The film follows the career of Paul Liebrandt as a British chef in post-9/11 New York City. In 2002, at Papillon, he is serving sophisticated cuisine which is out of place with the restaurant's decor, which is described by former New York Times critic William Grimes as "a dump". Grimes still awarded the restaurant two stars and called Liebrandt "enormously talented". The owners of Papillon decide that they will make more money as a neighborhood restaurant, serving bistro fare. Liebrandt is shown three months later, plating hamburgers and pretending to fall asleep. He complains that preparing the bistro food is making him brain dead, and he tries to entertain himself by arranging French frie tastings. He decides to leave the restaurant, and the owners wish him well.
Without a restaurant, Liebrandt turns to food consulting. He creates his own company and takes on jobs like designing gourmet marshmallows. Eventually, he returns to a restaurant with the launch of Gilt at the New York Palace Hotel. His hopes are high for a prolonged return to the kitchen, but the Times has a new restaurant critic, Frank Bruni, who prefers comfort food to high cuisine. Bruni appears on camera to describe the star system which is used in Times reviews. Bruni only bestows two stars on Gilt, citing the empty virtuosity of the dishes. At the same time, the owners of Gilt had begun to make menu demands on Liebrandt, such as larger portions. Shortly after Bruni's review, Liebrandt is fired.
The chef returns to consulting, and he is seen designing cocktails like a vodka tonic encapsulated in flavorless gum like El Bulli's liquid olive. His hiatus from the kitchen is ended by Drew Nieporent, the successful restaurateur behind Nobu. Nieporent wants to remake his first restaurant, Montrachet, in Tribeca. He hires Liebrandt on the basis of verbal recommendations from other people in the industry. The restaurant is renamed Corton, and the final section of the film shows the relentless demands of preparing for the opening.
Liebrandt claims he is working 20-hour days, while his staff works 18. He is shown overseeing the menu development, the training of the kitchen staff, the architectural plans, and even the lighting. While demanding and precise, he also remains upbeat and calm. Even when he threatens to drive the heads of two cooks through a wall if they ever mess up a dish again, he never appears completely unhinged. He states that his only goal for the restaurant is one Michelin star in its first year.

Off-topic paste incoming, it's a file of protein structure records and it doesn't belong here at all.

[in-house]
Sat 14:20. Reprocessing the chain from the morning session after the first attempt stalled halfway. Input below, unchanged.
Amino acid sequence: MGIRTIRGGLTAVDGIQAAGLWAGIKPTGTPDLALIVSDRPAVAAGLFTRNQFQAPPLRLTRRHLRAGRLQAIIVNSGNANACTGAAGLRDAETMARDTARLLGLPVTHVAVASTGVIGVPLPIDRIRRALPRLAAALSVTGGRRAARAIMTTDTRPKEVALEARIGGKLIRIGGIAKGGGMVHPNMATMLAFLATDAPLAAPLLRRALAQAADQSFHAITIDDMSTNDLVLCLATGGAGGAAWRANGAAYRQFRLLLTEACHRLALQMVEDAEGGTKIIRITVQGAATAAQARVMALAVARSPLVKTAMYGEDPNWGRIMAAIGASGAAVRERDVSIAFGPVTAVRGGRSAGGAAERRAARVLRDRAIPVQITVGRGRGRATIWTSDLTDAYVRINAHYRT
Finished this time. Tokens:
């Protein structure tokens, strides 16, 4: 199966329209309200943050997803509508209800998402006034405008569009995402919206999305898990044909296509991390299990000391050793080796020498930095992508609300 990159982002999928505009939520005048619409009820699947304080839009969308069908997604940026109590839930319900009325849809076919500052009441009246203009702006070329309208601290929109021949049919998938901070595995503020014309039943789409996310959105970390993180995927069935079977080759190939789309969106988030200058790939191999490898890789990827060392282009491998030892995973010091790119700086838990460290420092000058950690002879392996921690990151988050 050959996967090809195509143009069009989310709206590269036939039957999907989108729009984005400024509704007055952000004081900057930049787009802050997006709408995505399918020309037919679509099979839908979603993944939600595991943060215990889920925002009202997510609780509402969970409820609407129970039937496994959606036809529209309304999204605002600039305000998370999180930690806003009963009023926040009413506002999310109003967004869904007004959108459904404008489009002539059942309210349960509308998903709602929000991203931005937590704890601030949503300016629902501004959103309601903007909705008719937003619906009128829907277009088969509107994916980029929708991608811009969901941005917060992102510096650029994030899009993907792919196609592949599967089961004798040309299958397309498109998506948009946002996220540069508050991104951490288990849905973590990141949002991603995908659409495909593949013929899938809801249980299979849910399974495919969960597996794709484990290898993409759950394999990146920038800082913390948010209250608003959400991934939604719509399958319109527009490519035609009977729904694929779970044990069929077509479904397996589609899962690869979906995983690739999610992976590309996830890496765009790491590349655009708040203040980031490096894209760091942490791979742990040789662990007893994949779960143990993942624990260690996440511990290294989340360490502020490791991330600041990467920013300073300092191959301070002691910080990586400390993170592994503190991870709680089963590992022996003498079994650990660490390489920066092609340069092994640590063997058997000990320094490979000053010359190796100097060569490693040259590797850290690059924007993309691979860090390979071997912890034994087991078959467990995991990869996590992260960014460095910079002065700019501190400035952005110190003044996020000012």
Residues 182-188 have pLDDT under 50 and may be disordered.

In the run up to the opening, the film edits together more and more of Liebrandt's comments about Bruni, turning him into a de facto antagonist. As the chef prepares his dishes, he jokes that they will "go over Bruni's head". When he is reviewing the menu, with dishes like White Onion Consommé, he asks his marketing director if it is full of dishes that only foodies will want to order. She believes that it is, but she encourages Liebrandt by suggesting that the culinary spectrum in New York had veered so far towards Bruni's beloved comfort food, that Corton will be a welcome difference.
When the restaurant opens, it receives rave reviews across the board. The staff eagerly await Bruni's arrival and easily see through the aliases he uses for his reservations. He makes three visits to the restaurant, and the staff describe his demeanor and relay some of the tricks he employs, such as dropping a towel on the floor of the restroom at the beginning of his meal. At the end of the meal, he returns to see if it has been picked up. Bruni emails to fact check his review, and he has thirteen questions about the menu. Liebrandt sees this as an ominous sign.
However, Bruni's review is glowing. He says on camera that he felt Liebrandt's cuisine had matured to a point where he could restrain his excessive impulses and just deliver sophisticated dishes that did not try to impress the diner. He bestows three stars on Corton, and the staff goes out to celebrate. A closing title card reveals that the restaurant went on to receive two Michelin stars.
Sally Rowe, a script supervisor for The Chappelle Show, ate at Atlas in 2000, when Paul Liebrandt was the chef. She was enamored with the food that she ate and befriended Liebrandt. Originally, she shot several chefs at work, but only Liebrandt's cuisine popped onscreen. Another advantage was his youth, which allowed her to follow the development of his career.
The film was edited as a class project of The Edit Center. The film was screened at SXSW Film Festival, Full Frame, Newport Beach Film Festival and Tribeca Film Festival.